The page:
Paper No. 7
Presentation Time: 3:00 PM
MAPPING OF CHEMICAL INHOMOGENEITIES AT CARBONATE MINERAL SURFACES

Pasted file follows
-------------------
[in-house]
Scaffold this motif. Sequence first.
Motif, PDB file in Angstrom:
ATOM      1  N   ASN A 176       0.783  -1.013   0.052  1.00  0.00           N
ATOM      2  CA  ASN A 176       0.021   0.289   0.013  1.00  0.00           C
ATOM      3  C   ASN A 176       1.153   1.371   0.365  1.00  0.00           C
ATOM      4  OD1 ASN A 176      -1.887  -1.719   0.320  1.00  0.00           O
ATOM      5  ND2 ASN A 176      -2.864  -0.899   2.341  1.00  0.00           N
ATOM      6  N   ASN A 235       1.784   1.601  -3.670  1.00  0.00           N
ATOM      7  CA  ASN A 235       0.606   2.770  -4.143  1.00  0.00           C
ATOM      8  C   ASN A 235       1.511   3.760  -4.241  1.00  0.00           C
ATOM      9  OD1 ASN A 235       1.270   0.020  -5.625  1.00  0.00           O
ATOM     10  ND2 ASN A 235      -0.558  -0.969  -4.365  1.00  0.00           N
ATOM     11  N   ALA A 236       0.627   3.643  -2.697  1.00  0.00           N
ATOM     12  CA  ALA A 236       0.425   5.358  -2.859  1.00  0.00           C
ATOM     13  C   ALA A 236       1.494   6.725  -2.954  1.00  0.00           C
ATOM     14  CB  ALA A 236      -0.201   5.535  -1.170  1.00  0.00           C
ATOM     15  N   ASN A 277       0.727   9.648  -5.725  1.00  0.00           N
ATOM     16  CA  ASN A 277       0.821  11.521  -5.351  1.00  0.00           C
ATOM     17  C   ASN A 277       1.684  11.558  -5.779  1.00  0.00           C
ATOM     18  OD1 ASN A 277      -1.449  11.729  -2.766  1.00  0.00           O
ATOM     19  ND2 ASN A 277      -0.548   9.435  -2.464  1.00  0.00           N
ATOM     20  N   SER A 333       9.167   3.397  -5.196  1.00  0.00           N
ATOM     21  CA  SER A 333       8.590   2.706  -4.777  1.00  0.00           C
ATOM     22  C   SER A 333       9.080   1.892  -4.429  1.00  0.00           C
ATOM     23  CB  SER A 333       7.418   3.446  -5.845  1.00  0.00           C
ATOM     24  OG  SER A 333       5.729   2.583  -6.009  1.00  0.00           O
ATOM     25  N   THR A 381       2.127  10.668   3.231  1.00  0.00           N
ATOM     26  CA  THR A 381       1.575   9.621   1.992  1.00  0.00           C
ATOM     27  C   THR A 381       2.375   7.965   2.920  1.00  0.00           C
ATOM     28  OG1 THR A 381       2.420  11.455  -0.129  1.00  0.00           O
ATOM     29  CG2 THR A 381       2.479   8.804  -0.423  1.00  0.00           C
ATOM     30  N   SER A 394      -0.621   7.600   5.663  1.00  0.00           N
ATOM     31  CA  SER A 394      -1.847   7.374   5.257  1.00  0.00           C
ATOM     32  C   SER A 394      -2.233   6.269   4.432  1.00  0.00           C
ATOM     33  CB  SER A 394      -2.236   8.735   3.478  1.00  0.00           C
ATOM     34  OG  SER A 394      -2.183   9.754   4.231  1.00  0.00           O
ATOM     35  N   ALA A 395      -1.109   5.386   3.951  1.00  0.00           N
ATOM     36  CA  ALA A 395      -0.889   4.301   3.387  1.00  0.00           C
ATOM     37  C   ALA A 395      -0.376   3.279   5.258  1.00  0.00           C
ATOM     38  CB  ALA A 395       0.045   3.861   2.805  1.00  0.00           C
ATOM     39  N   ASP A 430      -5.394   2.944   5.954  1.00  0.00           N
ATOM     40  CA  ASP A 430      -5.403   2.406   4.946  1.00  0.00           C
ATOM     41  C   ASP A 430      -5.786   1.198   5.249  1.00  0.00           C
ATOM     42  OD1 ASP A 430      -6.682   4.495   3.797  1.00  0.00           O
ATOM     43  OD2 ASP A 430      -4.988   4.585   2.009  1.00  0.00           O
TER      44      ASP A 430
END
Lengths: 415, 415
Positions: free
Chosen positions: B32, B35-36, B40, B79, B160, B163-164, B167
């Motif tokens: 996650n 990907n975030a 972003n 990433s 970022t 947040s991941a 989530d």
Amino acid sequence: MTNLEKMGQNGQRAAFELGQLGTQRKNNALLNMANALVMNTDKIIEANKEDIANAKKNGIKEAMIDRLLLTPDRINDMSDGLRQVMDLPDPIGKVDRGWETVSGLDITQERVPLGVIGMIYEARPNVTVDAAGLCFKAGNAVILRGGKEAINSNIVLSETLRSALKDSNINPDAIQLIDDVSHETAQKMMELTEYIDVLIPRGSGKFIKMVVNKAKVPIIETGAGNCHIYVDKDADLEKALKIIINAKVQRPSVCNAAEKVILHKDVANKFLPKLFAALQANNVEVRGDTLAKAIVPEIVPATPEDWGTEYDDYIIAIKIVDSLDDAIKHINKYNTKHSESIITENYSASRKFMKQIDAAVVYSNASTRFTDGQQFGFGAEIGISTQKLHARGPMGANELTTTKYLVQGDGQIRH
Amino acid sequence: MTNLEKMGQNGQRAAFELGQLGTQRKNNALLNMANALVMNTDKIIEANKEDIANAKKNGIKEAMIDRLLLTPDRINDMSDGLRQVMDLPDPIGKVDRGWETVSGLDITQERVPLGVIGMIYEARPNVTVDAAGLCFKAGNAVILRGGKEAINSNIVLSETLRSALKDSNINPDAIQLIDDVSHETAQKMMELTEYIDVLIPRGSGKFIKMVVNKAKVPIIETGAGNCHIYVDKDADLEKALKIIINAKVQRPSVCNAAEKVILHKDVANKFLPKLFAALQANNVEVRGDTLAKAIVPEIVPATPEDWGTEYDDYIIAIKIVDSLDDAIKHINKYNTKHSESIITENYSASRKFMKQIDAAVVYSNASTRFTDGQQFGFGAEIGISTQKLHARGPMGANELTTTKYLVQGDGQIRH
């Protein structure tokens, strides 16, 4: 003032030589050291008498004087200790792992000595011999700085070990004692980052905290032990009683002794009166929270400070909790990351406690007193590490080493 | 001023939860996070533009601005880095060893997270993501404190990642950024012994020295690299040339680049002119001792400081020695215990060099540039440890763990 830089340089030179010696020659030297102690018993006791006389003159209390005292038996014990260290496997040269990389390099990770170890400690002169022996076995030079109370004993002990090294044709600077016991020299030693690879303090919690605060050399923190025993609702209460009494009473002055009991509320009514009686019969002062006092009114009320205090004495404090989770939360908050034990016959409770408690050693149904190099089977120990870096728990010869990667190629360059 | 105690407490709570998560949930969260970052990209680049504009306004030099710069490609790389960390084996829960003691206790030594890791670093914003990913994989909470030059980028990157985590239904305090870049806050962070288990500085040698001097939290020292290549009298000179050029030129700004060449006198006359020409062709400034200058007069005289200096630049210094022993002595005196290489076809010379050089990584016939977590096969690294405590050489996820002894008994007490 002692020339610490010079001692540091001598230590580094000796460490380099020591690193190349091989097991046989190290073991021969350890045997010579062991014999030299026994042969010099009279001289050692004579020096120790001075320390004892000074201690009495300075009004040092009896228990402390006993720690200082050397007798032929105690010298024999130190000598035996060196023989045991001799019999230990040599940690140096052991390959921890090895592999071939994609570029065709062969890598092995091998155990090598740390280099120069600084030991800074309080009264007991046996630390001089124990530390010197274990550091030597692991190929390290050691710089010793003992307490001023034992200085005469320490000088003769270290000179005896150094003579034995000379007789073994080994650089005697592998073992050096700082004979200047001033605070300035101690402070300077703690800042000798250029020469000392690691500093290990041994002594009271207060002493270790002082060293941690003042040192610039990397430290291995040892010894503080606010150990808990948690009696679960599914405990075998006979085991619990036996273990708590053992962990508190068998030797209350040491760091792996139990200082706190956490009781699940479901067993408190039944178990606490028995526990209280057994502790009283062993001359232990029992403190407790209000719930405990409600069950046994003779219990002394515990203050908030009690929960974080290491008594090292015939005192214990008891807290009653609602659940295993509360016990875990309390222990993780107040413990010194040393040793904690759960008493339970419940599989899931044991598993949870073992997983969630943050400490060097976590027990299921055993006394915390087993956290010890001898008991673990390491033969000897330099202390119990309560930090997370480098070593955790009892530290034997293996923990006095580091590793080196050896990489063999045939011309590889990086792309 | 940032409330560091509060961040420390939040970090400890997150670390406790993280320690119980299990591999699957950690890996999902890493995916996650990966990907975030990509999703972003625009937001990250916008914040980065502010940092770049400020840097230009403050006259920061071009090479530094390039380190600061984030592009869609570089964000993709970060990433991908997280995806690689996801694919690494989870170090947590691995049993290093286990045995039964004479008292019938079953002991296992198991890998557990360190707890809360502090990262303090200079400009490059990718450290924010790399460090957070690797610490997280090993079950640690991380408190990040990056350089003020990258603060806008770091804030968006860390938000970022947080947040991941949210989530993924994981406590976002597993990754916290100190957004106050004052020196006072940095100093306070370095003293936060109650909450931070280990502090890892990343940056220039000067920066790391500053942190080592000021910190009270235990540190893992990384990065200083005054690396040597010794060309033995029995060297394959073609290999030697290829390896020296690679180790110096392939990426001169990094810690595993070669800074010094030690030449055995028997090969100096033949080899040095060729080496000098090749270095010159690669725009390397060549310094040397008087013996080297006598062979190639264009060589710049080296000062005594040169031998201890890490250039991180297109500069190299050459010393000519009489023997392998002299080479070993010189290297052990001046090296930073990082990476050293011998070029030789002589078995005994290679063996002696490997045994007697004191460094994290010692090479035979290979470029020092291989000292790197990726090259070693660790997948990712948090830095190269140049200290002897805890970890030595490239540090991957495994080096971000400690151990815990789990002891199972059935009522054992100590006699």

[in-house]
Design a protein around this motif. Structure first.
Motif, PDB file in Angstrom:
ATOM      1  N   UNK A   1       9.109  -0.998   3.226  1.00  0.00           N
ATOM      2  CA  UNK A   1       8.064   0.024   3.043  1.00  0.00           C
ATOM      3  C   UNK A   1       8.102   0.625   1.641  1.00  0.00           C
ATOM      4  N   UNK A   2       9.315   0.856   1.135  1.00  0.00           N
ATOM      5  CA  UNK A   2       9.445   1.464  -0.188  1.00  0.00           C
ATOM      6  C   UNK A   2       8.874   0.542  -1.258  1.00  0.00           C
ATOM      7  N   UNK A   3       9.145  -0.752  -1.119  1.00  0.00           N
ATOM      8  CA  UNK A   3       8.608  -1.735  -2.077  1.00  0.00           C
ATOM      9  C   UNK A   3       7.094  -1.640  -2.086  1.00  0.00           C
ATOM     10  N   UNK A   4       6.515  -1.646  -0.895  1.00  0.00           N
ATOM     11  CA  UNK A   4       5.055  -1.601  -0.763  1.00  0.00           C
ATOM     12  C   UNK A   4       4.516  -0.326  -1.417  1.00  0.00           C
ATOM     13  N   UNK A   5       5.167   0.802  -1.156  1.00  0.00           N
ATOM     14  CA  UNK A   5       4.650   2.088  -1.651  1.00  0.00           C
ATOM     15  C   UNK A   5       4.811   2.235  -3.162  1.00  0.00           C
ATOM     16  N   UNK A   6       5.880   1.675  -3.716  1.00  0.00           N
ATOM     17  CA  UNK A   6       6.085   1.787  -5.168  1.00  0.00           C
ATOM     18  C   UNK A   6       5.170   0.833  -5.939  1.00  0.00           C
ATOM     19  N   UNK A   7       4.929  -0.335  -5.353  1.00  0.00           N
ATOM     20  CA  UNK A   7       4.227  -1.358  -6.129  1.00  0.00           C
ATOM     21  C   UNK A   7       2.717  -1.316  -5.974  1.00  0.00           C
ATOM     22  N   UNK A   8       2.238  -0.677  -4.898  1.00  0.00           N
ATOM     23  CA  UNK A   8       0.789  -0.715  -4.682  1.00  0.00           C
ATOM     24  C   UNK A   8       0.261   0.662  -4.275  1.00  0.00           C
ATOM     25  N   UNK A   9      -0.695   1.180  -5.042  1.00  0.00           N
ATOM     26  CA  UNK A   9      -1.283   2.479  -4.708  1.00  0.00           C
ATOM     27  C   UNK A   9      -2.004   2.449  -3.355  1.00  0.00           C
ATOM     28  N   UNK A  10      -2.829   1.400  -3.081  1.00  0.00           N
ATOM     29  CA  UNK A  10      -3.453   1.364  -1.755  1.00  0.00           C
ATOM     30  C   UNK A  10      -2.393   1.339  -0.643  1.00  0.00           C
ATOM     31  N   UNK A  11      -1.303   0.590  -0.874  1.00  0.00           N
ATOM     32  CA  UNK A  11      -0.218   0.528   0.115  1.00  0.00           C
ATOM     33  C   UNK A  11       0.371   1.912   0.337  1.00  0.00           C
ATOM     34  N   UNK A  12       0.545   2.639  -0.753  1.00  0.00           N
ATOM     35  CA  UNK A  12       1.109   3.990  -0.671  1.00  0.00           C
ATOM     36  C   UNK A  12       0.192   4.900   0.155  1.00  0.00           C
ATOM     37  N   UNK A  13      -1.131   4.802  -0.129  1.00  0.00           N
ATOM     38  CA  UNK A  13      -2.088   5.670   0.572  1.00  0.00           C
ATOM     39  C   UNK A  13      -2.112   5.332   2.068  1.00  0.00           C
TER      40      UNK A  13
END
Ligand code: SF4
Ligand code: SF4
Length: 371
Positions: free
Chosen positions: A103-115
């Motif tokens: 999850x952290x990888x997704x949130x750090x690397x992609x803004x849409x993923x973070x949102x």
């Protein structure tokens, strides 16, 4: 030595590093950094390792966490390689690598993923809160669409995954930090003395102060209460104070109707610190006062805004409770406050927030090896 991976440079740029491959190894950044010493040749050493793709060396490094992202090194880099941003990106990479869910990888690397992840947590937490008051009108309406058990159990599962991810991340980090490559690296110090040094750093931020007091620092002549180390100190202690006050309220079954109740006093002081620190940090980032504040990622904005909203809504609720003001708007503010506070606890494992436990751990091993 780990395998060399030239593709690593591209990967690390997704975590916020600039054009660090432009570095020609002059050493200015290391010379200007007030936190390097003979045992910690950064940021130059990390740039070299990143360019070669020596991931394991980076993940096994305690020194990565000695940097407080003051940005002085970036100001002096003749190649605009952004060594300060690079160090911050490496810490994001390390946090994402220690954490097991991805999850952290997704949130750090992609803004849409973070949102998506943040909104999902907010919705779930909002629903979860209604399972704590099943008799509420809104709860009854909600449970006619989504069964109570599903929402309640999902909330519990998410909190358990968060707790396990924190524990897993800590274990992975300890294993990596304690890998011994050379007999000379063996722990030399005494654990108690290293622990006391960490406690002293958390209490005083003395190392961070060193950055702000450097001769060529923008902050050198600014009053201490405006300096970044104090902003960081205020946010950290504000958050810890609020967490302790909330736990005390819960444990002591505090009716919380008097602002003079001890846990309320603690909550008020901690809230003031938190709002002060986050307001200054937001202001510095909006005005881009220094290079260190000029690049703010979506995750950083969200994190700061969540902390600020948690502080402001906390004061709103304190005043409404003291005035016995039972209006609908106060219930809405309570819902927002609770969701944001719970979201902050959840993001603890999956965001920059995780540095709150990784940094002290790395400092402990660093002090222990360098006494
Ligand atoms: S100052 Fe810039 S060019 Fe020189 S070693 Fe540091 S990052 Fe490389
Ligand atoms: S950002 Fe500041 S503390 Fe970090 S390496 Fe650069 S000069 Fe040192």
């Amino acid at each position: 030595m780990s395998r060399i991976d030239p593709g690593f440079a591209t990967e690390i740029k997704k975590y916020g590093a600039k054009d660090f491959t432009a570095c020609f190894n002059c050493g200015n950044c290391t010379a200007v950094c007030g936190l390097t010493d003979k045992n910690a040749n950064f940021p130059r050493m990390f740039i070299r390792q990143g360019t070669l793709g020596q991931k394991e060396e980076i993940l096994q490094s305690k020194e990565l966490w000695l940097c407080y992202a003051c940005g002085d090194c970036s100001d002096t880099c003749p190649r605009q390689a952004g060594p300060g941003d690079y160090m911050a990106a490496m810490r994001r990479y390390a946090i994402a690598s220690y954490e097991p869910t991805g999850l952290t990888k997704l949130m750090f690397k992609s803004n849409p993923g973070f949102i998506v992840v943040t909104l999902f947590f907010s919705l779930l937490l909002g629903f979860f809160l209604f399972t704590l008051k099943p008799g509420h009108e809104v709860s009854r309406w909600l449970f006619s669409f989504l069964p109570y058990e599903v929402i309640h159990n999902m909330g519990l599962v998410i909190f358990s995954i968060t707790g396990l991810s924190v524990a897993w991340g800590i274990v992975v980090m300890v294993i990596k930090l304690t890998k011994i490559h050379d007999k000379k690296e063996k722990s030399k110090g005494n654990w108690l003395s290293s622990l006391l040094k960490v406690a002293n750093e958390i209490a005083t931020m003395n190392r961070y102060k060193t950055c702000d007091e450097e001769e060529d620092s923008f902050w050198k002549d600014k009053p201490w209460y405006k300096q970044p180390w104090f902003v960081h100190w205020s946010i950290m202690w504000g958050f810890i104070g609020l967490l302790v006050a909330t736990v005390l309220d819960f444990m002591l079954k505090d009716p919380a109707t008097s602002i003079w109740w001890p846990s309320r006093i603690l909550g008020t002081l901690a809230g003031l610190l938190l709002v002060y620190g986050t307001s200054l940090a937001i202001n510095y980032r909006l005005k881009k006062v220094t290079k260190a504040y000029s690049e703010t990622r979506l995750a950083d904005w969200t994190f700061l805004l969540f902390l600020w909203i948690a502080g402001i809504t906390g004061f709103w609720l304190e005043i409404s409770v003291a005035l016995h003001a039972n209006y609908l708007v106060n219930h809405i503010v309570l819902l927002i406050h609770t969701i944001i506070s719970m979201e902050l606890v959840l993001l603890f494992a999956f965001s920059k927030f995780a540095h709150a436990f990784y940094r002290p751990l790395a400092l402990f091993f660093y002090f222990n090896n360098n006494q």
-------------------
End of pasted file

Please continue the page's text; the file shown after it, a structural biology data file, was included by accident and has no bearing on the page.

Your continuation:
The composition of mineral-water interfaces plays a significant role in governing/indicating the chemistry of the local aqueous environment. Using Lateral Force Microscopy (LFM), we have studied several model systems exhibiting nanometer scale chemical inhomogeneity on atomically flat surfaces of calcite and dolomite. Calibrated LFM measurements show distinct contrast between impurity cation-bearing overgrowths and the original carbonate substrate. However, the relatively large variations in surface cation composition designed in these experiments rarely yielded changes in the lateral force of greater than 20% relative to the lateral force experienced on the substrate. From the observed increase in lateral force on Ca, Cd, and Sr-enriched monolayers, we designed investigations to test the mechanism responsible for the friction contrast. Initial results suggest that the vertical compliance of the impurity-laden monolayer is lower than the substrate surface, giving rise to a larger contact area between the LFM tip and monolayer. These experiments also revealed negligible difference in the tip-surface adhesion, pointing to vertical compliance as the determining mechanism for friction contrast in these systems. With the relatively poor sensitivity of the LFM to large surface compositional variations, the applicability of LFM in quantitative compositional mapping of mineral surfaces is quite limited. New approaches that rely on surface chemical modification to enhance the sensitivity as well as selectivity of the lateral force approach will be discussed in light of the changes in approaches to mineral surface science over the past 50 years.